ASU's Ciganda Goes For Three-Peat

- Championship Central



By Keyon Johnson



It takes tons of hard work, dedication, focus, skill, knowledge, strength and timing to be a champion. Things have to click at the right time and right place. Winning back-to-back individual championships takes even more. Arizona State University junior golfer Carlota Ciganda has not only earned this accomplishment during her first two seasons at the school, but now she is on the verge of etching her name in the record books by being the first woman to three-peat as Pac-10 Women's Golf Champion and reach legendary status.

 

Ciganda erupted on the scene as a freshman during the 2008-09 season, taking the nation by storm as she helped her team win the NCAA Championship, while also winning the individual Pac-10 and NCAA West Regional Championships. During her sophomore year, she placed third at the Topy Cup early in the season, then second at the Stanford Intercollegiate, and by the time the Pac-10 Championships came around, she was playing at the peak of her game and repeated as the Pac-10 Champion. Can she make it three for three?

 

"It will be hard to win again, but I am just going to go out there and try to play some great golf, do my best for my team and myself," Ciganda said. "I am not thinking about winning the tournament. I am just thinking about going out there, having fun and playing good [golf]."

 

Playing solid golf is something that she has been doing consistently throughout her years in the sport. At the age of 11, she won the Spanish Open (11-12 year old division) in her native Spain. Ciganda then came to Miami, Fla., and placed second at the Doral Junior Publix Classic (10-12 year old division). Her success in those tournaments was  a confidence builder for her, and over the next couple of years she went on to win numerous tournaments throughout the world.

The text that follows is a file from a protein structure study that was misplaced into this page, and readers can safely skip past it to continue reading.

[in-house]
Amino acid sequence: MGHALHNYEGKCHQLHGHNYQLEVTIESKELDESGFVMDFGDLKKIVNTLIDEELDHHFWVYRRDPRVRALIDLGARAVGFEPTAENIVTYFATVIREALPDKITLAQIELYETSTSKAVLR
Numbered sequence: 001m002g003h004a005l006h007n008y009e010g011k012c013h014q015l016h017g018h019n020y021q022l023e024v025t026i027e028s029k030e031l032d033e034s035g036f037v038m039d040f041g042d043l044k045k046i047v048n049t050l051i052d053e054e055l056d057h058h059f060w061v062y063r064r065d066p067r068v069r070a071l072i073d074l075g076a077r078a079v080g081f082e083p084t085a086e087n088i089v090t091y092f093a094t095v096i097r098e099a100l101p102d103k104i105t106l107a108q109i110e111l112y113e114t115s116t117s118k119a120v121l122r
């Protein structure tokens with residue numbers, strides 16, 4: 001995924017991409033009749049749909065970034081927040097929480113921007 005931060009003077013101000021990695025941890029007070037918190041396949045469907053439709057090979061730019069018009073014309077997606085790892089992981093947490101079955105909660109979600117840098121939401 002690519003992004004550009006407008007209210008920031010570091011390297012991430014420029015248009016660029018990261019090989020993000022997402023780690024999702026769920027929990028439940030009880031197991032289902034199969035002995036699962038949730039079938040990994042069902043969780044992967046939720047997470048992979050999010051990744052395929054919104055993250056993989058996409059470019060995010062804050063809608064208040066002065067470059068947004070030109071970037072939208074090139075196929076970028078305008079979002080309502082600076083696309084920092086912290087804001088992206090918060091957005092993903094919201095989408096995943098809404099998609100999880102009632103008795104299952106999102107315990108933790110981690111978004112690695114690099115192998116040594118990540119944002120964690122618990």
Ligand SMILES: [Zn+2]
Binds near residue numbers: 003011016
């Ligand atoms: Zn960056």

Carlota is from Pamplona, Spain (city famous for the Running of the Bulls) where her house was just minutes away from the golf course where she would hone her skills. Ciganda began playing as a five-year-old with her father, who quickly discovered the gift his daughter had to play the game of golf. He recruited the services of Rogelio Escheverria to assist in the development of Carlota's game. Escheverria instructed her until she finished high school and Ciganda made the difficult decision to leave Spain and go to Arizona State.

 

Leaving Spain to go to the United States presented some challenges for Ciganda. First, the language barrier. Then it was a matter of getting accustomed to the way of life in the U.S. Ciganda has adapted to those challenges and made the most of it.

 

"My first semester was a tough adjustment," Ciganda said. "What made it easier was that I had friends here who were Hispanic when I came to the team. I also knew some people on the team, so it wasn't very hard. I did miss Spain and my family, but I am really happy here. After that first semester it wasn't very hard for me."

 

But Ciganda said that there are a few things that she misses.

 

"I miss my family and the food," Ciganda said. "The food in Spain is really good. My mother makes amazing paella, which is a traditional plate of Spain. I also miss my golf coach Rogelio Echeverria. I have been with him for 15 years, so I got accustomed to having that time with him."

 

Ciganda admitted that she does get a little home sick from time to time, but she is happy to be in Arizona and learning new cultures, environments, people and not to forget the perfect conditions to practice golf.

 

"I have met really nice people, the coaches, my teammates and everyone," Ciganda said. "It is really nice to be here. I have no problems with being at Arizona State. I love it here."

 

The Sun Devils have also loved to have Ciganda as well,  as she has brought the school two straight Pac-10 individual titles. She has the unique opportunity to win a third straight title on April 17-19 at her school's home course in Tempe, Ariz.

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